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dc.contributor.authorHall, Valerie
dc.date.accessioned2018-02-05T15:14:13Z
dc.date.available2018-02-05T15:14:13Z
dc.date.issued2018-01
dc.identifier.issnNot applicable
dc.identifier.urihttp://hdl.handle.net/2436/621073
dc.description.abstractStudent Voice: “The greatest compliment that was ever paid me was when one asked me what I thought, and attended to my answer.” (Thoreau, 1863, p.1) The work of Henry Thoreau encourages us to reflect on the ways in which we conduct ourselves, and to consider our interactions and the concerns we have for our fellow beings. For Thoreau, to have someone truly listen to what he had to say was of enormous value; it was not simply ritual or extended politeness. So, when our learners are asked what they think, how well do we, and our institutions, attend to their answer(s)? There has been much in the way of policy and rhetoric, and at foundation level, an honest intent to have constructive dialogue with learners in order to “shape services” (Forrest et al., 2007; Walker and Logan, 2008). However, there remain concerns about the value and worth assigned to the outcomes of such discussion and the extent to which there are opportunities for meaningful involvement and engagement for students with their educational communities (Frost and Rogers, 2006; Rudduck and Fielding, 2006; Fielding, 2007; DeFur and Korinek, 2010; Mitra, Frick and Crawford, 2011; Robinson, 2014). Before reflecting on this further, it is useful to establish the literature and policy that has informed how student voice is positioned, and to consider what the implications – or possibilities – might be if we involved our learners in discussions regarding their interpretations of student voice, and the ways in which this might be developed (Hall, 2015, 2017).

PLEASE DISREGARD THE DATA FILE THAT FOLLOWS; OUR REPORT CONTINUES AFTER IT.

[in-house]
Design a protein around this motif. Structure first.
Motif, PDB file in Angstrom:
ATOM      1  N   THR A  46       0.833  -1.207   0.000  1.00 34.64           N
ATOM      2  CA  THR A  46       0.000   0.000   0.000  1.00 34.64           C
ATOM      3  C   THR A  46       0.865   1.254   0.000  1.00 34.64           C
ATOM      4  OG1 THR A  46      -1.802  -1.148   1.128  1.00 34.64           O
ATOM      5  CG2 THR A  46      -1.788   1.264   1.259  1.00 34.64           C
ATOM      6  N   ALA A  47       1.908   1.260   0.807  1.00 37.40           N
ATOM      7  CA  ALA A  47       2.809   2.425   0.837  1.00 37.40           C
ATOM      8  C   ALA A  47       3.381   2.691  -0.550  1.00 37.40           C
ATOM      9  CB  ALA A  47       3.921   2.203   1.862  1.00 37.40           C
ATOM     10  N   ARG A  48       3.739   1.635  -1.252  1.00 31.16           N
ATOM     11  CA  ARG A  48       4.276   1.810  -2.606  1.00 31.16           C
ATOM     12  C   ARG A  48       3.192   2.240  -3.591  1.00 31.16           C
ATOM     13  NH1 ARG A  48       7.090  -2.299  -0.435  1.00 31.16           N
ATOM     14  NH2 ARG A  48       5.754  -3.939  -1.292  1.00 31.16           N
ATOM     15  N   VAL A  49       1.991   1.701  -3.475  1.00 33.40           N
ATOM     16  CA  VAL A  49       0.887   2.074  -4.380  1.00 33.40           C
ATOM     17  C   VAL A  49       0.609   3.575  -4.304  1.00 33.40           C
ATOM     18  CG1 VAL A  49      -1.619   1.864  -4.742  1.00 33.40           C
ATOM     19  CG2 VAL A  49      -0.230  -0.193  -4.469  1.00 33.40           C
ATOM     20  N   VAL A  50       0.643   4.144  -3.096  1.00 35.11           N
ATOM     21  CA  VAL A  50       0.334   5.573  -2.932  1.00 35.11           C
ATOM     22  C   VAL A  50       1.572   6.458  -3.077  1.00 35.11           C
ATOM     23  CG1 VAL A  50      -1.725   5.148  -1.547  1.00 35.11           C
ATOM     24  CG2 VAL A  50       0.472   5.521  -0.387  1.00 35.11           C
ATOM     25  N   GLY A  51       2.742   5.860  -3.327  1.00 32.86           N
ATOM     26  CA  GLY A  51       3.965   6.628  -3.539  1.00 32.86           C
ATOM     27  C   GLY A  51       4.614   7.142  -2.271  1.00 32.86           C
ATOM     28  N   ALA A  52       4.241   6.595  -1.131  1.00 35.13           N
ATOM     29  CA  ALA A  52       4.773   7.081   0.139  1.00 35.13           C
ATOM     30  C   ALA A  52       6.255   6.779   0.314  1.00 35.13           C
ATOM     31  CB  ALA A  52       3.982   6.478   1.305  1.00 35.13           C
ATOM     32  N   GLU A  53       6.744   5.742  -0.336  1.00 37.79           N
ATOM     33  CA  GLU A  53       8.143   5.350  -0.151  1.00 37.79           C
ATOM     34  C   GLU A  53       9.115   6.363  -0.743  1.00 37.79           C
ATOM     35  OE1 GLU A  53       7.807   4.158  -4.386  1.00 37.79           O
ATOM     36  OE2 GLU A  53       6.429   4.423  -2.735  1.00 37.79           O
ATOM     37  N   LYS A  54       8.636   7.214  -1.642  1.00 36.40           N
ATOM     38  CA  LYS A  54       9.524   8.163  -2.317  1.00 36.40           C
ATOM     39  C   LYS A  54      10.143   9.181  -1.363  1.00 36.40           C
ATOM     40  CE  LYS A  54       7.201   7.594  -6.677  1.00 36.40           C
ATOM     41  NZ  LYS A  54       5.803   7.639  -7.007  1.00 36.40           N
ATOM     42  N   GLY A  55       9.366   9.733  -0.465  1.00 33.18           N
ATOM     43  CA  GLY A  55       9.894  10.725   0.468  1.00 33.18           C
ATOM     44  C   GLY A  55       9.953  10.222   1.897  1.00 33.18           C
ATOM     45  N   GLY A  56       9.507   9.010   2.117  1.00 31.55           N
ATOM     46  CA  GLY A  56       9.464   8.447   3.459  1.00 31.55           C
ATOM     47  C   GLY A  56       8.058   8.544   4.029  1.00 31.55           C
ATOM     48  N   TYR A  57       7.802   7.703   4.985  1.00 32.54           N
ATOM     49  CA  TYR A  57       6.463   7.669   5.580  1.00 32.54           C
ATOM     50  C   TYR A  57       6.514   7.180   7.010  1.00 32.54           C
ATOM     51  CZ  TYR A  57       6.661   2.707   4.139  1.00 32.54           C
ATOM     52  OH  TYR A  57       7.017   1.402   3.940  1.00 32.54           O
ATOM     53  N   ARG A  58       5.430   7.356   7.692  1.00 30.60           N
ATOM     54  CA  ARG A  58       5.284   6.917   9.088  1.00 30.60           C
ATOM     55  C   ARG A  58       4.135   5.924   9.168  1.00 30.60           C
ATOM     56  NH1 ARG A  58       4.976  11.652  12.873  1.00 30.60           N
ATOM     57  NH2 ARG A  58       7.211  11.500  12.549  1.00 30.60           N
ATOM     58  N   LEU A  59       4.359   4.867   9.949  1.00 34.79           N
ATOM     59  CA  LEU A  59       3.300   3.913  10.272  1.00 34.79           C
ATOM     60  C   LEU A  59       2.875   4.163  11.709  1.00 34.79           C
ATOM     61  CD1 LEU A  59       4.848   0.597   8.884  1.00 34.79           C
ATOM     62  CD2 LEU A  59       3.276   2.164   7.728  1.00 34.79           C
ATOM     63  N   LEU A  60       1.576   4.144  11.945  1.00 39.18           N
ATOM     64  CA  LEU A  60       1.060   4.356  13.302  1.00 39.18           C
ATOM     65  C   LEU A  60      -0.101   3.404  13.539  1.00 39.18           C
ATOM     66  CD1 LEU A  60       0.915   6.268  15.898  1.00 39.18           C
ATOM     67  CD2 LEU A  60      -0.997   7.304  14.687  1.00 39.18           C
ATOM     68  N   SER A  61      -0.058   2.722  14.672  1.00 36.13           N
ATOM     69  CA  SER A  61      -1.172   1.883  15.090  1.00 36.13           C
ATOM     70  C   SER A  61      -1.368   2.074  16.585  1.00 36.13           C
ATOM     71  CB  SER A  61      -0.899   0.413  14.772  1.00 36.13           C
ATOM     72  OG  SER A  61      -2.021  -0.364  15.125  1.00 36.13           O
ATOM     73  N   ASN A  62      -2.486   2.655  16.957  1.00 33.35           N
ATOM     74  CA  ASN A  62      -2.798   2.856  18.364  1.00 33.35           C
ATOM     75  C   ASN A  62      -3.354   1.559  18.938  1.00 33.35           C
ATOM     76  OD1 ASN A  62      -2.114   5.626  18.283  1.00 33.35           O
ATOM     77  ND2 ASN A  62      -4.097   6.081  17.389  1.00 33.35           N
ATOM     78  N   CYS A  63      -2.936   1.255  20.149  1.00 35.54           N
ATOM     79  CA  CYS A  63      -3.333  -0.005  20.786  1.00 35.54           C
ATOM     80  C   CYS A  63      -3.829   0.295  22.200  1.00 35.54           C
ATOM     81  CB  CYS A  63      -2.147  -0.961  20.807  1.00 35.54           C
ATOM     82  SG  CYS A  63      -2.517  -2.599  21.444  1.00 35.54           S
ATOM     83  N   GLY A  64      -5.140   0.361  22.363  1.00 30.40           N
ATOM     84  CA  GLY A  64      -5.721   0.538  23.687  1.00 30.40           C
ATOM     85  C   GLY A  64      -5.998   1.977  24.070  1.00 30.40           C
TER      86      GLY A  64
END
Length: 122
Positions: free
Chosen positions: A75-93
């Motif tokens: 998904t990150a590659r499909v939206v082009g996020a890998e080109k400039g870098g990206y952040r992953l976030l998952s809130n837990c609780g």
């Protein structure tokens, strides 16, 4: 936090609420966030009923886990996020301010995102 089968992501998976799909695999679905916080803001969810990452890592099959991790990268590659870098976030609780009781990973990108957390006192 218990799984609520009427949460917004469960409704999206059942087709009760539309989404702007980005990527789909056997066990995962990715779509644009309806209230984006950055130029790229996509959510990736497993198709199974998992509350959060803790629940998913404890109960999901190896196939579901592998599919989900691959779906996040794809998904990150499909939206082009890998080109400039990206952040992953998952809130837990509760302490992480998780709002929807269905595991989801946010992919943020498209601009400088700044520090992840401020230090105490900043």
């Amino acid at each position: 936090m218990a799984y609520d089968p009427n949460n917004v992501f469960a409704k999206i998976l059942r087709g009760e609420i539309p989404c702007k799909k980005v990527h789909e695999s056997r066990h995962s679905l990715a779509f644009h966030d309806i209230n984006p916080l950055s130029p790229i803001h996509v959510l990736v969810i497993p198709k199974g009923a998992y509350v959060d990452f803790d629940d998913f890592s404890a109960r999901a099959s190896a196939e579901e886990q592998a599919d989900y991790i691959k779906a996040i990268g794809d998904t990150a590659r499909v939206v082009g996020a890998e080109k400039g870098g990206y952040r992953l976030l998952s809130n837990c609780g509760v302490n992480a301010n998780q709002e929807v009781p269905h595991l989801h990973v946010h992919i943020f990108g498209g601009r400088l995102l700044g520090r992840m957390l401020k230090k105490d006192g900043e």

dc.language.isoen
dc.publisherChartered College of Teaching
dc.relation.urlhttps://chartered.college/student-voice-time-conversation
dc.subjectStudent voice
dc.subjectlearner involvement
dc.subjectprimary
dc.subjectsecondary
dc.subjectpost-compulsory education
dc.subjectcollaborative dialogue
dc.titleStudent Voice: Time for a conversation
dc.typeJournal article
dc.identifier.journalChartered College of Teaching
dc.date.accepted2017-12
rioxxterms.funderUniversity of Wolverhampton
rioxxterms.identifier.projectUoW050218VH
rioxxterms.versionAM
rioxxterms.licenseref.urihttps://creativecommons.org/CC BY-NC-ND 4.0
rioxxterms.licenseref.startdate2018-04-04
dc.source.volume
dc.source.issue
dc.source.beginpage1
dc.source.endpage10
refterms.dateFCD2018-10-19T09:01:27Z
refterms.versionFCDAM
refterms.dateFOA2018-04-04T00:00:00Z
html.description.abstractStudent Voice: “The greatest compliment that was ever paid me was when one asked me what I thought, and attended to my answer.” (Thoreau, 1863, p.1) The work of Henry Thoreau encourages us to reflect on the ways in which we conduct ourselves, and to consider our interactions and the concerns we have for our fellow beings. For Thoreau, to have someone truly listen to what he had to say was of enormous value; it was not simply ritual or extended politeness. So, when our learners are asked what they think, how well do we, and our institutions, attend to their answer(s)? There has been much in the way of policy and rhetoric, and at foundation level, an honest intent to have constructive dialogue with learners in order to “shape services” (Forrest et al., 2007; Walker and Logan, 2008). However, there remain concerns about the value and worth assigned to the outcomes of such discussion and the extent to which there are opportunities for meaningful involvement and engagement for students with their educational communities (Frost and Rogers, 2006; Rudduck and Fielding, 2006; Fielding, 2007; DeFur and Korinek, 2010; Mitra, Frick and Crawford, 2011; Robinson, 2014). Before reflecting on this further, it is useful to establish the literature and policy that has informed how student voice is positioned, and to consider what the implications – or possibilities – might be if we involved our learners in discussions regarding their interpretations of student voice, and the ways in which this might be developed (Hall, 2015, 2017).


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